CyberSecurity, more than ever, is something that must be addressed regularly. Crime conducted over the internet has reached epidemic proportions. In a poll we conducted just a few months back, we found that the overwhelming majority of SMB owners feel their website is secure. In fact, 86 percent believed that to be the case. We were shocked (and cringe to be the ones who have to tell them they are light-years removed from such good fortune.)
Back in August, our technology division authored a blog that addressed the question, “How worried should small businesses be regarding cyber security?” We were shocked (and cringe to be the ones who have to tell them they are light-years removed from such good fortune.)
But (and this isn’t breaking news), cyber attacks are on the rise – big time.
By some estimates, network-based attacks, such as DDOS (short for Distributed Denial of Services), which have the ability to take down large computing networks, have increased by 700 percent this year.
Targeted DDOS attacks against internet service providers, domain registrars, web hosting providers, and individual businesses have been known to cripple thousands of websites simultaneously for extended periods of time.
Instances of hacking—or cyber intrusion tactics—have also become increasingly brazen and widespread. In July, 2013 federal prosecutors indicted five hackers in what is being called the largest data-theft ring in U.S. history, their victims as varied as J.C. Penny, JetBlue, and NASDAQ.
Even major technology brands, like Apple, who possess near-limitless resources to protect themselves against such attacks, are vulnerable. A recent security breach shut down its developer website, causing the Cupertino giant to issue an apology with an admission that personal data of some of its third-party app developers—a relationship worth billions to Apple—may have been accessed.
So, as small-business owners, how worried should you be? After all, if Apple is vulnerable, what chance do small businesses stand?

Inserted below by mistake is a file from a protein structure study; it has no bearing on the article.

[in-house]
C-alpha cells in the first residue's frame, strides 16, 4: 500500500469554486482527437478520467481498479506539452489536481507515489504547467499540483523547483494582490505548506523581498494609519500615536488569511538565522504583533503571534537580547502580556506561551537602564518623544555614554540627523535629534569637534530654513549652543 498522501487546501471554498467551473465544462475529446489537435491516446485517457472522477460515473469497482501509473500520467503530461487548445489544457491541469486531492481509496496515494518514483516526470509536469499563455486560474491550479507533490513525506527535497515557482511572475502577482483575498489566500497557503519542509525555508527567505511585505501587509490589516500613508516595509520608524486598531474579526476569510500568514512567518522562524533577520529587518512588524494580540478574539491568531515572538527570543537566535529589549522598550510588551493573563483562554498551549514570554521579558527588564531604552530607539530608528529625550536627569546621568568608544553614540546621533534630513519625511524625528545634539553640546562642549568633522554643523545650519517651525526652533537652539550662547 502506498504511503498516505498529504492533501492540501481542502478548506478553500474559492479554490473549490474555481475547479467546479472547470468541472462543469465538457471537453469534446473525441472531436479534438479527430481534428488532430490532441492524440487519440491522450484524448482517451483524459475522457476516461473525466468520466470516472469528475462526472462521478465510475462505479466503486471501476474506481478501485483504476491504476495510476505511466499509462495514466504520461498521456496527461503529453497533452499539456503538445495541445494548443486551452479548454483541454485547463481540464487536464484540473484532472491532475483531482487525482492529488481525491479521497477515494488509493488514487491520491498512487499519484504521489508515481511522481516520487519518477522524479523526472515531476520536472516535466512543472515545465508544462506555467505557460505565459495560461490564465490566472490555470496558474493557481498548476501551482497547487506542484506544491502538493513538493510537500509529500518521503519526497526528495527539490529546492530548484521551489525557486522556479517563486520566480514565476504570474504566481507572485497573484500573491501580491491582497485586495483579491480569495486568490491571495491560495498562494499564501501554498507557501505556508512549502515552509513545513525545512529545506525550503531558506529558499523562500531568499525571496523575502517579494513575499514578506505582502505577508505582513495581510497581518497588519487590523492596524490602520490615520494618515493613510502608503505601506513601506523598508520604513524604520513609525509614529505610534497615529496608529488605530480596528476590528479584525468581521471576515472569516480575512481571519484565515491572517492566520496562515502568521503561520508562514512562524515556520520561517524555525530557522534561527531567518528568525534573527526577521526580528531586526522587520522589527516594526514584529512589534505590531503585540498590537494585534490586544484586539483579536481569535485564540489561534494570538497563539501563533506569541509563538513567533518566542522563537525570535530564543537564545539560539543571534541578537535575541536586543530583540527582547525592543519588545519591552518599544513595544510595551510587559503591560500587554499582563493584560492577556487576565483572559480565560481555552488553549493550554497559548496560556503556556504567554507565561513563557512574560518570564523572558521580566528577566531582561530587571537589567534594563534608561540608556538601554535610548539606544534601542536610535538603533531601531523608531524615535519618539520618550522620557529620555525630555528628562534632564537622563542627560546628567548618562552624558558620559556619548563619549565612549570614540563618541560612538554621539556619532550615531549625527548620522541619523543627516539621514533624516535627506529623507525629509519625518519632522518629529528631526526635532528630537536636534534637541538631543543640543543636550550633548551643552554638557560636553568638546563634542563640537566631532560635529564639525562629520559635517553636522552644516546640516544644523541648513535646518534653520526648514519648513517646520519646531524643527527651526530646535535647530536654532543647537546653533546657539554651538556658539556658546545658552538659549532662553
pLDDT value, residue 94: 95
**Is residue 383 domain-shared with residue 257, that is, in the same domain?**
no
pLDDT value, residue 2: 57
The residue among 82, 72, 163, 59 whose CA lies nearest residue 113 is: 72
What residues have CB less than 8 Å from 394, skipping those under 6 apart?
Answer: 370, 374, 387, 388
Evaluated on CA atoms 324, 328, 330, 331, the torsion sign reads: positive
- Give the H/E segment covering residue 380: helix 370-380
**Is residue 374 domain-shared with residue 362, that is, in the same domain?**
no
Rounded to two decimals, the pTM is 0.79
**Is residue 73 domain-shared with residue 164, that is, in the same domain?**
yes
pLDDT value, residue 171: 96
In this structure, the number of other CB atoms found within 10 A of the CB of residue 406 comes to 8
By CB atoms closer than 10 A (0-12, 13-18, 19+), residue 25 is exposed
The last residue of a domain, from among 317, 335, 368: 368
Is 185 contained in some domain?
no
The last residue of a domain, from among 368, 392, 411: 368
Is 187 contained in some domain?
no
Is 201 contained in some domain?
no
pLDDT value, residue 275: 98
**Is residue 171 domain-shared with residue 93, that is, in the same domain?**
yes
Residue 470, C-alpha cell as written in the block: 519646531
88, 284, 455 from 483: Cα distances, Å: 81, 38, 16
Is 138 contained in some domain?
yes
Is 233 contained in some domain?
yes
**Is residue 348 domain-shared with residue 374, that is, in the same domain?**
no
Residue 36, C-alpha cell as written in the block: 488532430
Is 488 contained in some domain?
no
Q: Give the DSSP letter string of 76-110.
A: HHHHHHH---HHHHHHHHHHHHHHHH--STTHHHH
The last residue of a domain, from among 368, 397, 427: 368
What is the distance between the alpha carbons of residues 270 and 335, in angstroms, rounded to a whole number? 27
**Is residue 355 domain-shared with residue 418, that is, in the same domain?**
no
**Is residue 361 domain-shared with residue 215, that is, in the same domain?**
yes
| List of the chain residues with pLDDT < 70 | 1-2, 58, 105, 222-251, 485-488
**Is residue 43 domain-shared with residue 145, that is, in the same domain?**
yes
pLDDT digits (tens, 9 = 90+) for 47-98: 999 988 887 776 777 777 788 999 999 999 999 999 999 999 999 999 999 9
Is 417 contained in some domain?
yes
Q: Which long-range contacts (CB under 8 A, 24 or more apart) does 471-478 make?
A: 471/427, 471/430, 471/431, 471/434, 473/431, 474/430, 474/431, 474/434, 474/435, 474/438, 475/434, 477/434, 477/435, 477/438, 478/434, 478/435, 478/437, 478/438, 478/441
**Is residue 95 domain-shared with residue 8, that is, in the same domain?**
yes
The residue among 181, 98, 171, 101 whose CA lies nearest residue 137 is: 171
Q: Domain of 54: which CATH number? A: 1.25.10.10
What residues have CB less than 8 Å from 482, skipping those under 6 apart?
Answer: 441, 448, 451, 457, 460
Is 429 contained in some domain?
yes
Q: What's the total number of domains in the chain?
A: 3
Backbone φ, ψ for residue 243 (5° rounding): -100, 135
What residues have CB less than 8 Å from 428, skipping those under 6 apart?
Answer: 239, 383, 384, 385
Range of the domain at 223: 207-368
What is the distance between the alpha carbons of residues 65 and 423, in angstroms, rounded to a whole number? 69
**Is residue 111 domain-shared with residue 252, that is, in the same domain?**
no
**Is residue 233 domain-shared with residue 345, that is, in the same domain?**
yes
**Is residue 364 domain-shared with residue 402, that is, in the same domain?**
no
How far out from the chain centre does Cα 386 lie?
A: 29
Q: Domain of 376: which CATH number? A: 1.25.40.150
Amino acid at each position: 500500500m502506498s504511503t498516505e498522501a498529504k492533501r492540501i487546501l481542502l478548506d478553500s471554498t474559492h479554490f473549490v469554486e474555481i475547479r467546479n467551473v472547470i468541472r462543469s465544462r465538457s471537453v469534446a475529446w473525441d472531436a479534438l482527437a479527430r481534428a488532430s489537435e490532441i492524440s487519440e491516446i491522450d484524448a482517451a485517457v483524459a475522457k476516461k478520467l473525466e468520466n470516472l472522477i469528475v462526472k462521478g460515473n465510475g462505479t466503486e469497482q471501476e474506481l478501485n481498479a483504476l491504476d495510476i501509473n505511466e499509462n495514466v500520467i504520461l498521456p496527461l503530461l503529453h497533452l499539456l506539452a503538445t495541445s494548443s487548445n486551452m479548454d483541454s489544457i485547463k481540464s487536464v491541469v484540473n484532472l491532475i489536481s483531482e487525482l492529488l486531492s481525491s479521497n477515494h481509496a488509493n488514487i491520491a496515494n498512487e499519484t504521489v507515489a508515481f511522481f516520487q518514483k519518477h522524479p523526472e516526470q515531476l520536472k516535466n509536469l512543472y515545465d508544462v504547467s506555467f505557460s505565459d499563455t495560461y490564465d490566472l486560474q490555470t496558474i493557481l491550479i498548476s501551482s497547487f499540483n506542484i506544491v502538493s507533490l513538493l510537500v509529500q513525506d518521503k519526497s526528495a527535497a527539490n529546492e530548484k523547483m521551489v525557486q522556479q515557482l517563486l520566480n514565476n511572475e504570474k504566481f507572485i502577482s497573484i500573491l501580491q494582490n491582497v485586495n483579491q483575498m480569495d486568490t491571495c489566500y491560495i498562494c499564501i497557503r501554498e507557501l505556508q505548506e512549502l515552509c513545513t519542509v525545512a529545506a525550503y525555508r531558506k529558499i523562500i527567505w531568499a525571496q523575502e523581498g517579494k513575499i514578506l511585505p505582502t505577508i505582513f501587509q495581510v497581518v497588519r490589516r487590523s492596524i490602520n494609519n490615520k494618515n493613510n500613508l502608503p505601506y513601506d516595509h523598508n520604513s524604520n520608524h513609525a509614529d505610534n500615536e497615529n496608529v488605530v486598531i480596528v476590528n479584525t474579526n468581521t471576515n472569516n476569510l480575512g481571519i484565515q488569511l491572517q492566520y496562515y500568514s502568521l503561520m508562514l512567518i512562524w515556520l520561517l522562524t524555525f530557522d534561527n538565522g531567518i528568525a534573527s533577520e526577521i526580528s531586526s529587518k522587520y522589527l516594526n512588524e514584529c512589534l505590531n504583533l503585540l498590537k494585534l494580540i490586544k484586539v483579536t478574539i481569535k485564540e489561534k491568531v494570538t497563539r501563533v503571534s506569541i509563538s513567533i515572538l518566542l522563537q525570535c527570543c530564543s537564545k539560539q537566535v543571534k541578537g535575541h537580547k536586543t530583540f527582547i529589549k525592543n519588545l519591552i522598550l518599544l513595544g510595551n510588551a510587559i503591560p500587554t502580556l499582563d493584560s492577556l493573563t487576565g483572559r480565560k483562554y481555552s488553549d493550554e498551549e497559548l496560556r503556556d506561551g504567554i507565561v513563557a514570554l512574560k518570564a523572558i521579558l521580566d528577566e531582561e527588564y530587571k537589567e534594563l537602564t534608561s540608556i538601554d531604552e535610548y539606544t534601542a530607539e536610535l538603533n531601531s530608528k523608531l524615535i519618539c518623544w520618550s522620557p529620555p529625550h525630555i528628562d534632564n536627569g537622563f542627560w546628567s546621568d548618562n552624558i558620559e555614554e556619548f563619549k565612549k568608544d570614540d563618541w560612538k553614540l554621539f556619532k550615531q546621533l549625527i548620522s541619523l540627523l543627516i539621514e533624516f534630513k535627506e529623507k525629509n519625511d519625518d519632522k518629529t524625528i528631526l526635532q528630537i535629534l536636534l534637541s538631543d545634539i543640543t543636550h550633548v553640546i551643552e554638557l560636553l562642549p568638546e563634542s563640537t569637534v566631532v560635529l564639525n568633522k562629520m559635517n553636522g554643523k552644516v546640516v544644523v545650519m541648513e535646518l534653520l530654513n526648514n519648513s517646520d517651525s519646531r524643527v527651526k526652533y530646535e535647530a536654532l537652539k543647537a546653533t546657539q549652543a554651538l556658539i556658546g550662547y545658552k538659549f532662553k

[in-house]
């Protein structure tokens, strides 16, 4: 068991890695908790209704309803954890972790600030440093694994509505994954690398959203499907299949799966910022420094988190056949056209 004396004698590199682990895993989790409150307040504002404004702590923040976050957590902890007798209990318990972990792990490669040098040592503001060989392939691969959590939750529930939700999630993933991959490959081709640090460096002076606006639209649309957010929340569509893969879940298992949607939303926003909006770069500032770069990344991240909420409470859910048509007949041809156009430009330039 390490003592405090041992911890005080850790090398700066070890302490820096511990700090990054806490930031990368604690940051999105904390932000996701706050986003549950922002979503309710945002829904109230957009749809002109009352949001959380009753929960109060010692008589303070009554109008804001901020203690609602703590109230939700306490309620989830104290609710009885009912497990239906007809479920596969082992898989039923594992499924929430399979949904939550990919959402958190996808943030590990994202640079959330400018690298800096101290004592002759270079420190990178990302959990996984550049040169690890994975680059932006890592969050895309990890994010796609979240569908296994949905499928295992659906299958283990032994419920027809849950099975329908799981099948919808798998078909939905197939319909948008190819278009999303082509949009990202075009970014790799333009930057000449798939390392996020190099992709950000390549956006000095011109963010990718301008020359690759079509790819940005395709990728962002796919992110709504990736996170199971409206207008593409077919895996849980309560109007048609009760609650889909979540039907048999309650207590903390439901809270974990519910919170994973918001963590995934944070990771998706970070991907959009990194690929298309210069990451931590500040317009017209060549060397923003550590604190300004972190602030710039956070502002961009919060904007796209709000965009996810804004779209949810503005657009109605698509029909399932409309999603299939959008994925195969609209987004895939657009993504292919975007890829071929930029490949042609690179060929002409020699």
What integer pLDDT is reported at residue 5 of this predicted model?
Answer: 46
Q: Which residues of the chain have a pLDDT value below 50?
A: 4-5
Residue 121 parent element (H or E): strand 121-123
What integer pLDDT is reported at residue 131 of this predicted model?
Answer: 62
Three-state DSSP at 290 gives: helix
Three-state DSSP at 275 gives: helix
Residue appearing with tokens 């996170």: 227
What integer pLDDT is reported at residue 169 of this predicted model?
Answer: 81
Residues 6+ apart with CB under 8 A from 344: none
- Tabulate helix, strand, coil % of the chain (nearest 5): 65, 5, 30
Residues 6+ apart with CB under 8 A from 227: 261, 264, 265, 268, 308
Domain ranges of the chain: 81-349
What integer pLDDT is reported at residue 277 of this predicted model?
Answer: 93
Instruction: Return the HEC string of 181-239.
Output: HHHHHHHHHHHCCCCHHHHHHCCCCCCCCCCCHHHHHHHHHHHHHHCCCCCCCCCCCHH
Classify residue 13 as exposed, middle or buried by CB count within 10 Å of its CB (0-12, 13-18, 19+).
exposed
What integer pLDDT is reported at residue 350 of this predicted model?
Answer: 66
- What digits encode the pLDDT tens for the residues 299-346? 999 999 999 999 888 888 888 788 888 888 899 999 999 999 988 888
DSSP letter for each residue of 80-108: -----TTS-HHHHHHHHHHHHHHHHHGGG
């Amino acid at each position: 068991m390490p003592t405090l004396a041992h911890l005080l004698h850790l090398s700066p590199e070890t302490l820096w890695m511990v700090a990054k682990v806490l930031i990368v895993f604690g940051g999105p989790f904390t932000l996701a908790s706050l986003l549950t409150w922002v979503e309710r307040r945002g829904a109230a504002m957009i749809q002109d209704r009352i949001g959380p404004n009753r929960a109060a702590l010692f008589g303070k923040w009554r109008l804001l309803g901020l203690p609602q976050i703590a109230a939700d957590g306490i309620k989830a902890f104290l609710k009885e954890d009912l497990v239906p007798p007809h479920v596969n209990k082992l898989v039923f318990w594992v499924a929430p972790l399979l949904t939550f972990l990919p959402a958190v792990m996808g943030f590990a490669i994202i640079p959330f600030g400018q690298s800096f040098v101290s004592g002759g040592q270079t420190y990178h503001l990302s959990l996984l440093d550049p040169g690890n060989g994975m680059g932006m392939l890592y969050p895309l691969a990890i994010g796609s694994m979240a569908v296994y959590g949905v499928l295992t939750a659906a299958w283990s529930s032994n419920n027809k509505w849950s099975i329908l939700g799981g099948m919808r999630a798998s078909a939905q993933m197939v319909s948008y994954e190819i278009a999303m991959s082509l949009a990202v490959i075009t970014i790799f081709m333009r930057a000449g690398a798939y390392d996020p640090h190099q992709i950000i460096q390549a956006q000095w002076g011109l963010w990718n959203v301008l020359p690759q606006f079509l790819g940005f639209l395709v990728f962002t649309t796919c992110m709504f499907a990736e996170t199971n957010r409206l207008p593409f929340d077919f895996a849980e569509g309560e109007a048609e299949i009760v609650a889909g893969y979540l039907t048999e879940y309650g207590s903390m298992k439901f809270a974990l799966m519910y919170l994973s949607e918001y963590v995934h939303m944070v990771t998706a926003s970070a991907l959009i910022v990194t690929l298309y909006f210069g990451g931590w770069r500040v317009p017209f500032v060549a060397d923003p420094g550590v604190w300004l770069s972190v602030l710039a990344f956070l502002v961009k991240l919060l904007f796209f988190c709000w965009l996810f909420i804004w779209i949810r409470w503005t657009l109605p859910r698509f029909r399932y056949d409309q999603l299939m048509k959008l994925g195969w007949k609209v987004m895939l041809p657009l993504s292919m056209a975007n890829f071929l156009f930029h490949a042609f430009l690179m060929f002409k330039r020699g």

A recent report from cybersecurity firm McAfee might offer us a good point of reference.
According to this report, released earlier this month, the costs associated with criminal cyber activity in the U.S. alone may be as much as $140 billion—and a half-million American jobs—annually.
The report also included this interesting point of comparison: the annual costs of car crashes in the U.S., which is estimated to be anywhere between $99 and $168 billion.
Auto accidents, as it turns out, provide us with a nice analogy when it comes to how much we should worry about—and how we should prepare for—malicious and targeted cyber activity against our businesses and livelihoods.
According to a survey authored by the Ponemon Institute, a research firm that conducts independent research on privacy, data protection, and information security policy, more than half of U.S. small businesses experienced at least one data breach.
In today’s world of constant risk-assessment, that’s a pretty big risk to be left unmitigated. So, to oversimplify an answer to our lead question – SMBs should be extremely concerned about cyber security.
Should you wish to find out what your company can do to protect itself, contact one of our experts directly at 1-877-323-4678.